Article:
By Lefteris Papadimas and Steve Slater ATHENS/LONDON (Reuters) - Greece's private sector creditors warned on Monday that the Athens government must urgently break a deadlock in debt swap talks triggered by "unreasonable" demands from international lenders if is to avoid a disorderly default. Barely a month after an injection of bailout funds helped to avert bankruptcy, Greece is back at the centre of the euro zone crisis as fears of a default and a subsequent euro zone exit overshadow a mass credit downgrade of euro zone countries. Cash-strapped Athens needs a deal with the private sector within days to avoid going bankrupt when 14.5 billion euros of bond redemptions fall due in late March. Greek creditors bridle at demands, default fears grow
Canada faces legal challenge over Kyoto withdrawal | Canada WASHINGTON (Thomson Reuters Point Carbon) - The Canadian government's withdrawal from the Kyoto Protocol is illegal, alleges a suit to be filed in federal court by a law professor and former Canadian MP on Friday. Daniel Turp, professor of law at the University of Montreal and former MP of the Bloc Québécois party, said Prime Minister Stephen Harper's government has violated national law by withdrawing from the 1997 climate treaty last month without first consulting Parliament. On December 12, Environment Minister Peter Kent announced Canada would become the first country to invoke its legal right to withdraw from Kyoto, arguing it would save the country around C$14 billion ($13.7 billion) by not having to comply with its emissions target under the pact. "I think we have a good case and I hope the court of law can decide the government cannot ignore Parliament and legislation to adopt the Protocol," Turp told Point Carbon News by phone ahead of Friday's hearing.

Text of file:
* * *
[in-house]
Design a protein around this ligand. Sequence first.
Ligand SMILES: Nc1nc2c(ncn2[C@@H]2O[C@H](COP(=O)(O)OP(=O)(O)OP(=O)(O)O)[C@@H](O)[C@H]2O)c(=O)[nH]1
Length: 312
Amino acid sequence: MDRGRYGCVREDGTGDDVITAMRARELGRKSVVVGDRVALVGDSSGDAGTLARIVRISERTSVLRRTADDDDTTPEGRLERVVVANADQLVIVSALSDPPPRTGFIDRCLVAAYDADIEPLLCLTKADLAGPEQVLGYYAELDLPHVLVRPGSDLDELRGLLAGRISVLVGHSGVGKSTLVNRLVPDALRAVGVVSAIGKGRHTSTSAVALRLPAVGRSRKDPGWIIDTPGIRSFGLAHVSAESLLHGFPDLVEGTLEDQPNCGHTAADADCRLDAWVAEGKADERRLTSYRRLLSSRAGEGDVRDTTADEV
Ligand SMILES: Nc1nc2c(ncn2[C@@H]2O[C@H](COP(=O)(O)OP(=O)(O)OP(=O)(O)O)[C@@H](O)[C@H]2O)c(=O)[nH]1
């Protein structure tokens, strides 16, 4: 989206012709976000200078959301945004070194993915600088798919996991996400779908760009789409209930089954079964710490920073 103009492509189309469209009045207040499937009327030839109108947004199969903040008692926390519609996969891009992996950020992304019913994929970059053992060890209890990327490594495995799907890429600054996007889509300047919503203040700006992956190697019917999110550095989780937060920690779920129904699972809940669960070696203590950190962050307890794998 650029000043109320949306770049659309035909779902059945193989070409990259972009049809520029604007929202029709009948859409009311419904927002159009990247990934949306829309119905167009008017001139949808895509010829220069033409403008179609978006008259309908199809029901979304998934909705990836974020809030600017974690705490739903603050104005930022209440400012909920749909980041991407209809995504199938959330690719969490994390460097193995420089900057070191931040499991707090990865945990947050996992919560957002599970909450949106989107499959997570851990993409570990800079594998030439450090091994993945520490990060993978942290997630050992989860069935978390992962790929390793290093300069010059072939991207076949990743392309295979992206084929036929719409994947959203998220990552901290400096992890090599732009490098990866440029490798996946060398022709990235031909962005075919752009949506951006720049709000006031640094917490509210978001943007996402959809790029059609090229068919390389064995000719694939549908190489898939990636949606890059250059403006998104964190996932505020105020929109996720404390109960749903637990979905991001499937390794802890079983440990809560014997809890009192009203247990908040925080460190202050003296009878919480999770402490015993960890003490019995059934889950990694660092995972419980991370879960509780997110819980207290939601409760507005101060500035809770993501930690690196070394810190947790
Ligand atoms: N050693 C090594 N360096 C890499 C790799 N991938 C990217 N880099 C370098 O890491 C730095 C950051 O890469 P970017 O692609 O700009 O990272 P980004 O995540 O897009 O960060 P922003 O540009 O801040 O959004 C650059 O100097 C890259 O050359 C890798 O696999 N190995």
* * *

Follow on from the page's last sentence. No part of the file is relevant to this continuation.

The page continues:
Reprise for Nortel debacle as Toronto trial opens | Business By Alastair Sharp TORONTO (Reuters) - Three former executives at bankrupt Nortel Networks reached into the "cookie jar" a decade ago to enrich themselves, prosecutors said, opening a fraud trial that dredged up memories of one of the most spectacular casualties of the 1990's dot-com bubble. The trio - former Chief Executive Frank Dunn, former Chief Financial Officer Douglas Beatty and former Controller Michael Gollogly - misrepresented Nortel's financial results between 2000 and 2004 in a plan that brought them bonus payments while defrauding investors, prosecutor Robert Hubbard said on Monday. Their day in court came more than three years after the executives were charged and a dozen years after their alleged transgressions began.
Iraq: what next for a corrupt and divided country? | World news Post-Saddam Iraq has rarely been more brittle. The democratic nation state that was supposed to rise from the ruins of tyranny is steadily disintegrating. Less than one month after the US withdrawal, Iraq is showing no sign of uniting behind a Washington-backed central government. More alarmingly, Baghdad doesn't seem to care much.